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Southern California Wildfires Leave At Least 1 Person Dead

VENTURA, Calif. (CBSNewYork/CBSNews) – The wildfires spreading rapidly across Southern California have now killed at least one person.

Authorities say a woman's remains were found next to her overturned vehicle in Ventura County.

So far, 116,000 acres have burned and more than 430 structures have been destroyed – at least 100 of them are homes.

Meanwhile, evacuation orders remain in place for 330,000 residents.

PHOTOS: Southern California Wildfires

As CBS News' Danielle Nottingham reported, crews battling the Lilac Fire in San Diego County were trying to minimize the damage Thursday.

"We have crews surrounding this whole area. We're going to make a stand and protect all the ones that we can," one firefighter said.

Officials advised people in the wildfire's path to prepare to move.

"We have 20 structures that have been destroyed. I expect that number will go higher," Cal Fire Chief Dave Nissen said.

Several major wildfires are consumer parts of California.

Flames tore through trees and brush on the 101 in Ventura County, shutting down stretches of one of the busiest freeways in America.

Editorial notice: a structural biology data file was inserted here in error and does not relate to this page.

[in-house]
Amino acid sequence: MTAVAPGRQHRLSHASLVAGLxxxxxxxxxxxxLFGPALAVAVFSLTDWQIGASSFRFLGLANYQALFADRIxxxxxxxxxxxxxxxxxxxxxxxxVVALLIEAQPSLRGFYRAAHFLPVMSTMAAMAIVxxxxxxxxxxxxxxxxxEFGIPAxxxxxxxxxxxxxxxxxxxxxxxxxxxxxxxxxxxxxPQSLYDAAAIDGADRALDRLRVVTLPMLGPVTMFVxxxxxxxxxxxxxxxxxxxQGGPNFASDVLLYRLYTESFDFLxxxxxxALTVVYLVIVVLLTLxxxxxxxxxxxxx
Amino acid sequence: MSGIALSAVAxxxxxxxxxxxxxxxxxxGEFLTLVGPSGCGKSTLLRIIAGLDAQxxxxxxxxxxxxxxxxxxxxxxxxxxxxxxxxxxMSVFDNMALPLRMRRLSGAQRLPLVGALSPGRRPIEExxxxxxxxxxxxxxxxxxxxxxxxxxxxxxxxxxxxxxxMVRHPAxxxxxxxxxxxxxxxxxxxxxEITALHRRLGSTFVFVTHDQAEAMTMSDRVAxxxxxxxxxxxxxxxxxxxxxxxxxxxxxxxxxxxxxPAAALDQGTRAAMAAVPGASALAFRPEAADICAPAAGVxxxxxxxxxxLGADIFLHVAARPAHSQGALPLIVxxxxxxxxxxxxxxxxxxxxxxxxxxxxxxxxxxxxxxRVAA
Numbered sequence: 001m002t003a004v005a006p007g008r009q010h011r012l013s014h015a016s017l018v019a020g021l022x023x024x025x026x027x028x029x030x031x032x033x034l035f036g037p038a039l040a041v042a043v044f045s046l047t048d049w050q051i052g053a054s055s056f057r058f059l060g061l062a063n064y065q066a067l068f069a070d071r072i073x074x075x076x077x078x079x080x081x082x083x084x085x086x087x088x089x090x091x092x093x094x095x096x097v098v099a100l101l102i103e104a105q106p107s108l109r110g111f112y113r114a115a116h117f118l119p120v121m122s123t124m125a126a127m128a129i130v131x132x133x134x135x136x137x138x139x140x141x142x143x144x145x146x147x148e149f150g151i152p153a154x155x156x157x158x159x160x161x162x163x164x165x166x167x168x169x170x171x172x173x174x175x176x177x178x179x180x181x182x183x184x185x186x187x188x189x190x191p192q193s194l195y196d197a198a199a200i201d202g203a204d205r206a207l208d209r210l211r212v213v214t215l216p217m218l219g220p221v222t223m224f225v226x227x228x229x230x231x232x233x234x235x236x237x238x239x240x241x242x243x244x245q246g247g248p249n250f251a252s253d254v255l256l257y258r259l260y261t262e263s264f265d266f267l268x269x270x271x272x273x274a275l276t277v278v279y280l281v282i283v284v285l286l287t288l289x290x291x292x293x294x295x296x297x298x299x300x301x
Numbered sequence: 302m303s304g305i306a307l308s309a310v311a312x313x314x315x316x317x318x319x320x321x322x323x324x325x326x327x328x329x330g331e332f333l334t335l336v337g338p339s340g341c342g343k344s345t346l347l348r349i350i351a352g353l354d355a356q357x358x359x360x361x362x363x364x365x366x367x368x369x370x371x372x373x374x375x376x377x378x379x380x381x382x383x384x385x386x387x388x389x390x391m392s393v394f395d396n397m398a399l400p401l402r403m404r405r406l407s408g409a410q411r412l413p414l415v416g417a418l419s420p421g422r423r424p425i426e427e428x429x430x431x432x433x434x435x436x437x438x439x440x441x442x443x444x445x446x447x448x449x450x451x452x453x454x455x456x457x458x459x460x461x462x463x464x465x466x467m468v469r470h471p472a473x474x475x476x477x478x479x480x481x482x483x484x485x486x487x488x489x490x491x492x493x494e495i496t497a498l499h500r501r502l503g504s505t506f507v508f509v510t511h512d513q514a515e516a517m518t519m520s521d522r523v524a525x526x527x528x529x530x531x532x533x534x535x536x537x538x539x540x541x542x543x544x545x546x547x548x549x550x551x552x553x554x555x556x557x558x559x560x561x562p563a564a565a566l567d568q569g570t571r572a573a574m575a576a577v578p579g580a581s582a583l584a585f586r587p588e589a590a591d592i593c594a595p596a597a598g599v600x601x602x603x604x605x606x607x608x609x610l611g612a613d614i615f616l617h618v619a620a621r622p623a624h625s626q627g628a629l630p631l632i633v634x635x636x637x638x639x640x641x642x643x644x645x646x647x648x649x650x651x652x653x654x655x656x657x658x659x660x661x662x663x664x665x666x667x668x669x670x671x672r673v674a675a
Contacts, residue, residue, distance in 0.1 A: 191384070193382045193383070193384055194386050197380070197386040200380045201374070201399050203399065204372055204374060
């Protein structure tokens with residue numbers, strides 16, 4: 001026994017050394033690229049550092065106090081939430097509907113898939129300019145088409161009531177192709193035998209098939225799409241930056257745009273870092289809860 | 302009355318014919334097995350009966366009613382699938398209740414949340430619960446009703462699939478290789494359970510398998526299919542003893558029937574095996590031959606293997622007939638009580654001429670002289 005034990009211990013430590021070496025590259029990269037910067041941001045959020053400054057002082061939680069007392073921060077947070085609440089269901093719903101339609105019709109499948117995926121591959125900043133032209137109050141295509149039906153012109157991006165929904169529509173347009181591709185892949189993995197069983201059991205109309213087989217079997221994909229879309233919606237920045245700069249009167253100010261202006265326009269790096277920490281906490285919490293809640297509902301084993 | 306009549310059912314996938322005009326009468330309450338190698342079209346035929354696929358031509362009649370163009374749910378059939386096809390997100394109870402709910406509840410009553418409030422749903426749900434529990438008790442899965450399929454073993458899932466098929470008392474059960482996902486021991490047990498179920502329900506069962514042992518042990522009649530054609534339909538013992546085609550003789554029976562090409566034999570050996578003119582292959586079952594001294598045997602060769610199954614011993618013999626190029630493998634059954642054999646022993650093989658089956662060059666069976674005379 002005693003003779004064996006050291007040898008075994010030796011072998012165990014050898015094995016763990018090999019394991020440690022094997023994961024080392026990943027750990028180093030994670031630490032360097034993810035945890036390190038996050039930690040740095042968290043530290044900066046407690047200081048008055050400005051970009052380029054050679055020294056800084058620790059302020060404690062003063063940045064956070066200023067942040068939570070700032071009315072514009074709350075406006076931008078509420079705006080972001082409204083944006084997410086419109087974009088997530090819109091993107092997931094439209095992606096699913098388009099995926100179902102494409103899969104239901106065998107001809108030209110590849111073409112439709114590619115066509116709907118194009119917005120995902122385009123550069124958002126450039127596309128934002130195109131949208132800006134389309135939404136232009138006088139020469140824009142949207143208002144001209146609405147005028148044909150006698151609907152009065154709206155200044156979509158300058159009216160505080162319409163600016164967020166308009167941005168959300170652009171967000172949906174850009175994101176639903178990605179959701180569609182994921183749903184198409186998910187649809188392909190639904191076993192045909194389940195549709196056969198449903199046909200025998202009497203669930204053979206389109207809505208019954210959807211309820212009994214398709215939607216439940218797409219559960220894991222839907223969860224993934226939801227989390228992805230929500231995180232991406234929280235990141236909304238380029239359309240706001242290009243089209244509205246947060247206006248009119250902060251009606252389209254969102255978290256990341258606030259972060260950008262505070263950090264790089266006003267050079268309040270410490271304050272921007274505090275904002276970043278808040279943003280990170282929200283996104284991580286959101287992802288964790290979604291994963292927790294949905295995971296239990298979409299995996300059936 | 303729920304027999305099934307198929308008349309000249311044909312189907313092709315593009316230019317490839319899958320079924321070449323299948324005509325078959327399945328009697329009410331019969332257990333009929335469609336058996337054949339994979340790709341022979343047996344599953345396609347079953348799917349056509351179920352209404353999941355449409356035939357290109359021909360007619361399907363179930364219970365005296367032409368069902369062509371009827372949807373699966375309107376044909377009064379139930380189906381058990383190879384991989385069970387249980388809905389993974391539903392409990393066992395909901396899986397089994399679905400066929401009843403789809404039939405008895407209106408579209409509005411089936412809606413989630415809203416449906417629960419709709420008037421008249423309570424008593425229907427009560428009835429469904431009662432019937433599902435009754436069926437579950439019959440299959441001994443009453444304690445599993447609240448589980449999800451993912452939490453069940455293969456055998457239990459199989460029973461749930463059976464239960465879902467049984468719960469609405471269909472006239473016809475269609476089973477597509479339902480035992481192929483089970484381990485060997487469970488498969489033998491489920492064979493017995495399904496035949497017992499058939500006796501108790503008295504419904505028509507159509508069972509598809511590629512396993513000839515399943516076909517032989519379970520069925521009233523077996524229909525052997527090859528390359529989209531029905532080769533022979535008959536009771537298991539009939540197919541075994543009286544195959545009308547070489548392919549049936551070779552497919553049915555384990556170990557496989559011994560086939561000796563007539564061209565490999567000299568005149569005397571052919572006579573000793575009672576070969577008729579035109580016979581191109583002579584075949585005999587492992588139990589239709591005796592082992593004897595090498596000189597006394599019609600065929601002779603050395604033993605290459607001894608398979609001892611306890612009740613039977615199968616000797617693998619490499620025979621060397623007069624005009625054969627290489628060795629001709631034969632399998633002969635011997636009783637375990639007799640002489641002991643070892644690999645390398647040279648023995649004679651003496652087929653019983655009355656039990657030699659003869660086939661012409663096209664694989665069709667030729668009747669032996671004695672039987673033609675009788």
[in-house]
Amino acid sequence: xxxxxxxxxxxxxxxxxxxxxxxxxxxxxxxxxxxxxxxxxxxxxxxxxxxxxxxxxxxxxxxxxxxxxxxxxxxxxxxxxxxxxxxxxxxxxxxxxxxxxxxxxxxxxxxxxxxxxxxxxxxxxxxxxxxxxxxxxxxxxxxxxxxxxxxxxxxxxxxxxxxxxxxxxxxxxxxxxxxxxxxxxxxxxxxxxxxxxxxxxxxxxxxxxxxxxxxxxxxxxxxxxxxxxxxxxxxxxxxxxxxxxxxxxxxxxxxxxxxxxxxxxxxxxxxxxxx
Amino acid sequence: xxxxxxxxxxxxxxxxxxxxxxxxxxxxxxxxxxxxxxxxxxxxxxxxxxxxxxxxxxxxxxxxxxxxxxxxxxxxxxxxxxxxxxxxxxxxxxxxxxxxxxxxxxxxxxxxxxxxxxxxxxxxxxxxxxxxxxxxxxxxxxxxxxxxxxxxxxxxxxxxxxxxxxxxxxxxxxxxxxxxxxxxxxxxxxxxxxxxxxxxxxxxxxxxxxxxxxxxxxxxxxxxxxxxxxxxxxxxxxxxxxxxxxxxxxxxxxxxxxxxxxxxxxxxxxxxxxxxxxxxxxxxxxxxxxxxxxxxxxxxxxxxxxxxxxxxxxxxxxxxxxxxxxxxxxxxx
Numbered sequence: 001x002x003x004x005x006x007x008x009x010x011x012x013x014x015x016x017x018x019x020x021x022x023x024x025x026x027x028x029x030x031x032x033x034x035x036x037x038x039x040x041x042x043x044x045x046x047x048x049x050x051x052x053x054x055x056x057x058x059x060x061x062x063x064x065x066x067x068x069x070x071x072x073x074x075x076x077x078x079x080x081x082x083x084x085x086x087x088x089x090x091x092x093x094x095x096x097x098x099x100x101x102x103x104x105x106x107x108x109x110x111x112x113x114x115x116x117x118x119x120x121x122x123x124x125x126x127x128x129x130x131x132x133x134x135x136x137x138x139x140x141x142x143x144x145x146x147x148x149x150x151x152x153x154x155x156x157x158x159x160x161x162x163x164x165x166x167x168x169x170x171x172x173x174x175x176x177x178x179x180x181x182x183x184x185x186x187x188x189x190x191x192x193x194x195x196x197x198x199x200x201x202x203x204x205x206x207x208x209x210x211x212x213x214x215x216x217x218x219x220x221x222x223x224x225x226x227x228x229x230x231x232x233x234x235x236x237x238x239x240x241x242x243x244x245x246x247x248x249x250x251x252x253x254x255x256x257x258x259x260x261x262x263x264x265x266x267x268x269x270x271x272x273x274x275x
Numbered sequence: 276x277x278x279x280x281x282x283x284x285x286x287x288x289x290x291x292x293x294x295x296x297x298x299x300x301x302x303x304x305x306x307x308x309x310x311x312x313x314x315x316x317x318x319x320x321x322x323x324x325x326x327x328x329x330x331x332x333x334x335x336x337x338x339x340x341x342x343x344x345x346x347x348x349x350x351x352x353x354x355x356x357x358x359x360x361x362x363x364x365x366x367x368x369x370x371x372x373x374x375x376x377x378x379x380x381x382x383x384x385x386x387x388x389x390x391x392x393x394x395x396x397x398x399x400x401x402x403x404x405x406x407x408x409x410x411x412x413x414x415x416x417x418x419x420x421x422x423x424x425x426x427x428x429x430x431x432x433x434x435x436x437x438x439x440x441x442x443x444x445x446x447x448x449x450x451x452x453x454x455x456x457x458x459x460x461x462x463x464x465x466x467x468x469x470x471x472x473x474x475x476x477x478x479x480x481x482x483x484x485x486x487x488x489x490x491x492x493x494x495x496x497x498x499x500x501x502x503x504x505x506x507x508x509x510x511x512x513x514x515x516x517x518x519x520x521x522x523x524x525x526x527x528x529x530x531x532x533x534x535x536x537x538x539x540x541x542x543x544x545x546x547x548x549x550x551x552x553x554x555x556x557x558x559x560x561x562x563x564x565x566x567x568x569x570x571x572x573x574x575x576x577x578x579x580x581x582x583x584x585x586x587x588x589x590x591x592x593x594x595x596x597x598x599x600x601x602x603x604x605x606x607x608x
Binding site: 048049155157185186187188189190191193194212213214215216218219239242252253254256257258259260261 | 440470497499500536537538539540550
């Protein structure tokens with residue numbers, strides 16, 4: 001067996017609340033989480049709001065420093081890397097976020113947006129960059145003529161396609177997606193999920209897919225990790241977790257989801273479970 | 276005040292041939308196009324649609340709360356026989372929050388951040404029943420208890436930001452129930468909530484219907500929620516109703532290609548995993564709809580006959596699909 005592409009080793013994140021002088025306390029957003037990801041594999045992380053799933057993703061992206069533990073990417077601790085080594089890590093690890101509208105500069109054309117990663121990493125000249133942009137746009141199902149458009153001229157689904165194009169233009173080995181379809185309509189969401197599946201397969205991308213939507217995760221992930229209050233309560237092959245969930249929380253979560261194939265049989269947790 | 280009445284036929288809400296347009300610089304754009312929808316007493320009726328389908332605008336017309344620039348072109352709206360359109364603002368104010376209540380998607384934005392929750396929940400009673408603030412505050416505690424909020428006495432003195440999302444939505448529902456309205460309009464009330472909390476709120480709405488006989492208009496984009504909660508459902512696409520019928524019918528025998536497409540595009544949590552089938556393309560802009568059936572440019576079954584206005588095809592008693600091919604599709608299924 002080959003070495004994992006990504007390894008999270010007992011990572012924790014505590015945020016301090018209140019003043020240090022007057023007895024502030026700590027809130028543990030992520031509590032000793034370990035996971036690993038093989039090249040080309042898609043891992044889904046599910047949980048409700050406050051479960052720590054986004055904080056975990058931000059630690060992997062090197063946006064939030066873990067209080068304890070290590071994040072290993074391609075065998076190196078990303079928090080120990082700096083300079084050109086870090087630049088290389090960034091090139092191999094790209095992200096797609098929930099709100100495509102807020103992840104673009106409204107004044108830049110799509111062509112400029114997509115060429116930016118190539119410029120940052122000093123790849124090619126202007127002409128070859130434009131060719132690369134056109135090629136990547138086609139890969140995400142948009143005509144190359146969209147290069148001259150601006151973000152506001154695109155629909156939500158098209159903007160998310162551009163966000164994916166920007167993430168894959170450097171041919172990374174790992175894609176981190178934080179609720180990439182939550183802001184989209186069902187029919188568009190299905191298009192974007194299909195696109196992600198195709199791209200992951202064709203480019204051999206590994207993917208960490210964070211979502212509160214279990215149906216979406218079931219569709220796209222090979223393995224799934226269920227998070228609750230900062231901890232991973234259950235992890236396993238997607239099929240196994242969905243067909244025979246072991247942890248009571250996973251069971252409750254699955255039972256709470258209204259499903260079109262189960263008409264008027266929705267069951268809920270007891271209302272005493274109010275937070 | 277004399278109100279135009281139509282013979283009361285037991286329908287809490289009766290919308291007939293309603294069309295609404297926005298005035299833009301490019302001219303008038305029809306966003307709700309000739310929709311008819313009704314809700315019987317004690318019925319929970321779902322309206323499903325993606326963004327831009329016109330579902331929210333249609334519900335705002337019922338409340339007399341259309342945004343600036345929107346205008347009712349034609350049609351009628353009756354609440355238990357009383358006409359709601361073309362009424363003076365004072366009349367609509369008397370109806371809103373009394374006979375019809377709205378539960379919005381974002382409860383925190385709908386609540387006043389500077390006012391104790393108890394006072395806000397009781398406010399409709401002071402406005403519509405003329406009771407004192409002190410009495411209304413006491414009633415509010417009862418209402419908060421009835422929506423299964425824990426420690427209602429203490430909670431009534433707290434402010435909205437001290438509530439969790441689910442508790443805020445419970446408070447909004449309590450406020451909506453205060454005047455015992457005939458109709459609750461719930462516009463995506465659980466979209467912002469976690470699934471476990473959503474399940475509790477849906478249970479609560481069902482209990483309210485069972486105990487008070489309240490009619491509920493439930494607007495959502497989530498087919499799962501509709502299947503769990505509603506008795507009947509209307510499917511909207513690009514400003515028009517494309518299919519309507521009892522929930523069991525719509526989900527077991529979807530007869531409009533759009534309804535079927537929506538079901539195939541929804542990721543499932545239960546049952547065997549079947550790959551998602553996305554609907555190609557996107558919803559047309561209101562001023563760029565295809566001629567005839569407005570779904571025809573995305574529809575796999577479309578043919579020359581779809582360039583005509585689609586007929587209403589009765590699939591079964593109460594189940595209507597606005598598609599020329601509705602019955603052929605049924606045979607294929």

"It definitely looks like Armageddon here," said Mike Stevens, while hosing down his Faria Beach home, trying to protect it. "All the embers that are coming across the hills – it's only obvious that it could start, no problem."

But firefighters advised residents not to take matters into their own hands.

"Stuff that burns is not good for you. So just the whole thing is just not safe," Ventura County Fire Captain Information Officers Scott Quirarte said.

Hundreds of homes have been lost and thousands more are in jeopardy, but officials say they've made good progress in Ventura County.

The Thomas Fire has creeped into Los Padres National Forest.

An estimate one million people are being affected by the poor air conditions.

"I think safety is always a big challenge and the wind – wind-drive fire, it's tremendous," Ventura County Fire Public Information Officer Rick Macklin said.

Officials warn heavy winds and dry air could prolong conditions for weeks.

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